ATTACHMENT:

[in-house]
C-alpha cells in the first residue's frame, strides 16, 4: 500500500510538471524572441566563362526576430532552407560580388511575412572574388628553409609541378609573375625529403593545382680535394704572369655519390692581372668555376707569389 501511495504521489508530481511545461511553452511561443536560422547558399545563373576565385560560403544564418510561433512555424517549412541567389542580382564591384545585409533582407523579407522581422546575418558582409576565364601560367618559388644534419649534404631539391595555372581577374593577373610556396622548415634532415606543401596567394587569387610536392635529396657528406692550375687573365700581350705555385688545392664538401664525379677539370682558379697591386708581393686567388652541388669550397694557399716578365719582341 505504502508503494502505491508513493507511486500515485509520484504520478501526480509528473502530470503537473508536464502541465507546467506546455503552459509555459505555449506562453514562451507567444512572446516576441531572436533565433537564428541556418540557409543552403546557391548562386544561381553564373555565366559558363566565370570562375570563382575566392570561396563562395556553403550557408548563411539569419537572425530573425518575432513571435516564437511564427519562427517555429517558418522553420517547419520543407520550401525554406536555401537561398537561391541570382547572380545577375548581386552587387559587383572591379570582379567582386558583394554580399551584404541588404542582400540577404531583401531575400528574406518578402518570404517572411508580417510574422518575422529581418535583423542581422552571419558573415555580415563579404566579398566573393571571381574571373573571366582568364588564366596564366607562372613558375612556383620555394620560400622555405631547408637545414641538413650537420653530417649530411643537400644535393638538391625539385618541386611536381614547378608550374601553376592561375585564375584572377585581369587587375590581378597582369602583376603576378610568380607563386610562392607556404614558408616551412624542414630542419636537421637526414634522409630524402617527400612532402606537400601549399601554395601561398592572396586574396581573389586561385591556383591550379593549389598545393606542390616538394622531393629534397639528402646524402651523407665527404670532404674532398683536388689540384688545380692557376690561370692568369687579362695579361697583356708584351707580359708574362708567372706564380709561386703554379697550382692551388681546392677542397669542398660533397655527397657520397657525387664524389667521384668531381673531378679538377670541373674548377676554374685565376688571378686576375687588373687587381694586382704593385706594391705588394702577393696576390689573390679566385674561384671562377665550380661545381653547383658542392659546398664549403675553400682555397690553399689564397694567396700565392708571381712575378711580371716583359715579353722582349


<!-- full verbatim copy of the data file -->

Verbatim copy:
[in-house]
C-alpha cells in the first residue's frame, strides 16, 4: 500500500510538471524572441566563362526576430532552407560580388511575412572574388628553409609541378609573375625529403593545382680535394704572369655519390692581372668555376707569389 501511495504521489508530481511545461511553452511561443536560422547558399545563373576565385560560403544564418510561433512555424517549412541567389542580382564591384545585409533582407523579407522581422546575418558582409576565364601560367618559388644534419649534404631539391595555372581577374593577373610556396622548415634532415606543401596567394587569387610536392635529396657528406692550375687573365700581350705555385688545392664538401664525379677539370682558379697591386708581393686567388652541388669550397694557399716578365719582341 505504502508503494502505491508513493507511486500515485509520484504520478501526480509528473502530470503537473508536464502541465507546467506546455503552459509555459505555449506562453514562451507567444512572446516576441531572436533565433537564428541556418540557409543552403546557391548562386544561381553564373555565366559558363566565370570562375570563382575566392570561396563562395556553403550557408548563411539569419537572425530573425518575432513571435516564437511564427519562427517555429517558418522553420517547419520543407520550401525554406536555401537561398537561391541570382547572380545577375548581386552587387559587383572591379570582379567582386558583394554580399551584404541588404542582400540577404531583401531575400528574406518578402518570404517572411508580417510574422518575422529581418535583423542581422552571419558573415555580415563579404566579398566573393571571381574571373573571366582568364588564366596564366607562372613558375612556383620555394620560400622555405631547408637545414641538413650537420653530417649530411643537400644535393638538391625539385618541386611536381614547378608550374601553376592561375585564375584572377585581369587587375590581378597582369602583376603576378610568380607563386610562392607556404614558408616551412624542414630542419636537421637526414634522409630524402617527400612532402606537400601549399601554395601561398592572396586574396581573389586561385591556383591550379593549389598545393606542390616538394622531393629534397639528402646524402651523407665527404670532404674532398683536388689540384688545380692557376690561370692568369687579362695579361697583356708584351707580359708574362708567372706564380709561386703554379697550382692551388681546392677542397669542398660533397655527397657520397657525387664524389667521384668531381673531378679538377670541373674548377676554374685565376688571378686576375687588373687587381694586382704593385706594391705588394702577393696576390689573390679566385674561384671562377665550380661545381653547383658542392659546398664549403675553400682555397690553399689564397694567396700565392708571381712575378711580371716583359715579353722582349